1) Ajax is an idea, not an acronym
3) XML is not required
Of course, it is possible and certainly reasonable to use XML, but it is far from required. Using binary formats for uploading files is not supported yet by the XMLHttpRequest object, but considering that Flash uses a binary format called Action Message Format, it is likely that similar features will be found in Ajax applications soon enough. You should know which format is being passed around the network, because it isn’t always XML. Also, make sure you can analyze the format for performance and security.
4) Plan for an increase in HTTP requests
The most obvious issue for the network administrator supporting Ajax applications is that the architectural programming pattern has changed the network utilization of Web applications from a batch-like, somewhat infrequent response of a few hundred kilobytes, to a more continuous exchange of smaller HTTP responses. This means that network-bound Web and application servers may find themselves even busier than before. What Ajax will do to your server and network utilization certainly will depend on how the application is built — make sure your developers understand the network impact of their applications.
5) Optimize Ajax requests carefully
Web applications should adhere to the network delivery principle of sending less data, less often. That doesn’t mean that this principle is widely followed by developers, however. Fortunately for the network, HTTP compression of Ajax responses can reduce response size and is supported in all modern browsers. Because of dynamic compression’s overhead, however, speed may not improve much if responses are indeed relatively small. This means that it would be wise for network administrators to turn on compression on their Web server, but they need to understand that with Ajax applications, their gains won’t be as big as with traditional Web applications.
To send data less often, we generally would employ caching. Most Ajax implementations can be openly hostile to caching, however, given certain assumptions made by browsers regarding not re-fetching URLs during the same session. Rather than work with caching, many Ajax developers will work aggressively to defeat caching via the header setting or URL uniqueness.
6) Acknowledge the two-connection limit
Ajax applications are limited by HTTP to two simultaneous connections to the same URL. This is the way the HTTP protocol is designed, not some browser bug or limitation. The good news is that it keeps many Ajax developers from swamping a server accidentally, though Microsoft’s Internet Explorer 8 is supposed to go well beyond the limit. Chatty Ajax applications can be trouble, and with browsers changing the rules, network administrators need to keep a close eye on the number of requests made, and work with application developers to avoid employing such design patterns as fast polling or long-held connections.
7) Watch out for response ordering
With traditional Web applications, the network effects of TCP/IP communications — such as the lack of order in which individual HTTP responses are received — generally are not noticed by developers or users. The base unit, the HTML document, is received before other objects, and it then triggers the request. Any subsequent request triggers a whole new base document, thereby guaranteeing order. Ajax takes such implicit ordering away, however, so that an application dependent on proper sequencing requires a response queue. Ajax frameworks, however, are not consistent in acknowledging this network concern. So, again, make sure Ajax application developers understand such network-level concerns.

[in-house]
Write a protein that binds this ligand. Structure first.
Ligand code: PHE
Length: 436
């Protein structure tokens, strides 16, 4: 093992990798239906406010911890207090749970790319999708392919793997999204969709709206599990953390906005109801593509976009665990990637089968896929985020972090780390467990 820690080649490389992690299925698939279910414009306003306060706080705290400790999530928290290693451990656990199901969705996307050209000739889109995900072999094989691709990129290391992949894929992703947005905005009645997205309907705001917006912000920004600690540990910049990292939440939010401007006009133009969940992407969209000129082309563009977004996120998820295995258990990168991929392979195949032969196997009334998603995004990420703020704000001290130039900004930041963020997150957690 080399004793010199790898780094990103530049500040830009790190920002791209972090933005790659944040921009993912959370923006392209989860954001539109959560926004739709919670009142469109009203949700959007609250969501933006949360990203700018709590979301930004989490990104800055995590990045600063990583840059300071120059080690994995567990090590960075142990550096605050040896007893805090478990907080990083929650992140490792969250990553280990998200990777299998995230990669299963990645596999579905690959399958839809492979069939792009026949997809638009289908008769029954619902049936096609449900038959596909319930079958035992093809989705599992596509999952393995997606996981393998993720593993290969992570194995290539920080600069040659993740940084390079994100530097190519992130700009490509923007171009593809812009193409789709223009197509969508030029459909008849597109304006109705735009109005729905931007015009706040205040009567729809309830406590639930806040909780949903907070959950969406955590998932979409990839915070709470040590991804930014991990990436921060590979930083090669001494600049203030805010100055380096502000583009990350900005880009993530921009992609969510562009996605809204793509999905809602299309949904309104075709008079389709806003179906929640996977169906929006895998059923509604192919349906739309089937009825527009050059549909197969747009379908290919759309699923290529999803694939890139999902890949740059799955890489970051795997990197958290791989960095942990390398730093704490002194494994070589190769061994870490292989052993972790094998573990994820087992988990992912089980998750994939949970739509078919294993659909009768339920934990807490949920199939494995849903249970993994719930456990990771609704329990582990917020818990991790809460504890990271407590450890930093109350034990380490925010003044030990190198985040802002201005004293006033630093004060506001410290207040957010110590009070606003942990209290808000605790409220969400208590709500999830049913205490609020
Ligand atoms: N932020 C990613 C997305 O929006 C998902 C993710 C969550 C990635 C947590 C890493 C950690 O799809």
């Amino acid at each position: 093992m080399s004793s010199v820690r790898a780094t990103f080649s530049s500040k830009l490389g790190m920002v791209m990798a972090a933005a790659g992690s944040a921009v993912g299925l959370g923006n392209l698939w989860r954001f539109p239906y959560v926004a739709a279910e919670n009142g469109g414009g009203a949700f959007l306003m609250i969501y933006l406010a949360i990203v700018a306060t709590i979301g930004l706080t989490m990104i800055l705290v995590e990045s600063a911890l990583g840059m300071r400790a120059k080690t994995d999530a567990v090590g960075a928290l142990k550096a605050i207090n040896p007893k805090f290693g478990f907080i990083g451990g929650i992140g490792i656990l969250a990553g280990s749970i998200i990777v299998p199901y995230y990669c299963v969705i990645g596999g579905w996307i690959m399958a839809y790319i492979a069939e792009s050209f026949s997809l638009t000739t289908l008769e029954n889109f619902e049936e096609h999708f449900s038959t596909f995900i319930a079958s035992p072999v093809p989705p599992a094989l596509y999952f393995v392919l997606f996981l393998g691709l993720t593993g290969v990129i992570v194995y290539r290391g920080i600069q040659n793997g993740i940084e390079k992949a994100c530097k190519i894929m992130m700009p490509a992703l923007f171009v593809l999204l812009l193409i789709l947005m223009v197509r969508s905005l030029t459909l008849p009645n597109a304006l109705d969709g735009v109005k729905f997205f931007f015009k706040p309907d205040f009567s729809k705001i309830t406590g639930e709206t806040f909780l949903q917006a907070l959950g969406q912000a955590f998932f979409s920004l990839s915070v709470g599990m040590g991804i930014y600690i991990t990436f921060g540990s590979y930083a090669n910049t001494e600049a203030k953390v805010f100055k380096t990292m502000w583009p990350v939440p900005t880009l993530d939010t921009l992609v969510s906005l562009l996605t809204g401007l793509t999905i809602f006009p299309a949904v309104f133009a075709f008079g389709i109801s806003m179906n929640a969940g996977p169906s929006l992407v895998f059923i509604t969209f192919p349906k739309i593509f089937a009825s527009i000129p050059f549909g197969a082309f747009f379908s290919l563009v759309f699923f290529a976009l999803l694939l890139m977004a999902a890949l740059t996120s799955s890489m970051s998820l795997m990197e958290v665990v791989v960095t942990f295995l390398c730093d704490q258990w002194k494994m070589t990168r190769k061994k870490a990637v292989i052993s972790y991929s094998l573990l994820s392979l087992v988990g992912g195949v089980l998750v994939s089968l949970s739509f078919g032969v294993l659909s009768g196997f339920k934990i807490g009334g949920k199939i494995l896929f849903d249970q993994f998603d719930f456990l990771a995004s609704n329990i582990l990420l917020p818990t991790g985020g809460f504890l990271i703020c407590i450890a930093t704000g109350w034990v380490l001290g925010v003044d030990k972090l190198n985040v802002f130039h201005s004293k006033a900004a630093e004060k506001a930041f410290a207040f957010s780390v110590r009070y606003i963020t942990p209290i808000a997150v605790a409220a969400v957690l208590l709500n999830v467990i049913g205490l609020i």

8 ) Acknowledge the effects of eliminating "Layer 8" error correction
For years, users have been correcting Web-delivery quality by reloading pages or pressing the Back button. Simply put, users doing this help mitigate network problems because errors occur generally at expected moments between page paints. With Ajax, however, application failure is no longer that obvious. Worse yet, users often are misinformed about errors, because the simple, animated-GIF spinning circle provides little information about the true status of the request.
9) Old security threats get a second exposure
If you listen to the pundits, Ajax may appear to produce more attack surface, but it really isn’t any less secure than traditional Web-application development environments, because the HTTP inputs to the trusted server side are the same — headers, query string and message body. If implicitly trusting client-side code and entered data is not verboten already in your Web development group, however, Ajax may push things in that direction.
Cross Site Request Forgery likewise isn’t new with Ajax, but if your application developers aren’t checking the HTTP Referer (sic) header and managing sessions properly within Ajax applications, you’ve already been open to it, although it might be worse now.
10) Abide by same origin for your protection
The SOP will severely hamper a developer’s ability to perform some Web-service efforts on the client side as well. Clearly the best approach is to use a proxy on the server to bounce requests to other servers and combine the results. However, many Ajax developers attempt to break the same-origin restrictions. Using the <script> tag as a transport instead of the XMLHttpRequest object introduces dangerous trust assumptions, and that leads to the origin of much of the concern about overall Ajax security.
Now, with such browsers emerging as Firefox 3 and Internet Explorer 8 employing native cross-domain request facilities, there is certain to be more trouble on the horizon. As is the case with Java’s security-sandbox concept, SOP restrictions are introduced just to keep developers from destroying security. Go around such safeguards with extreme caution.
Watch what you wish for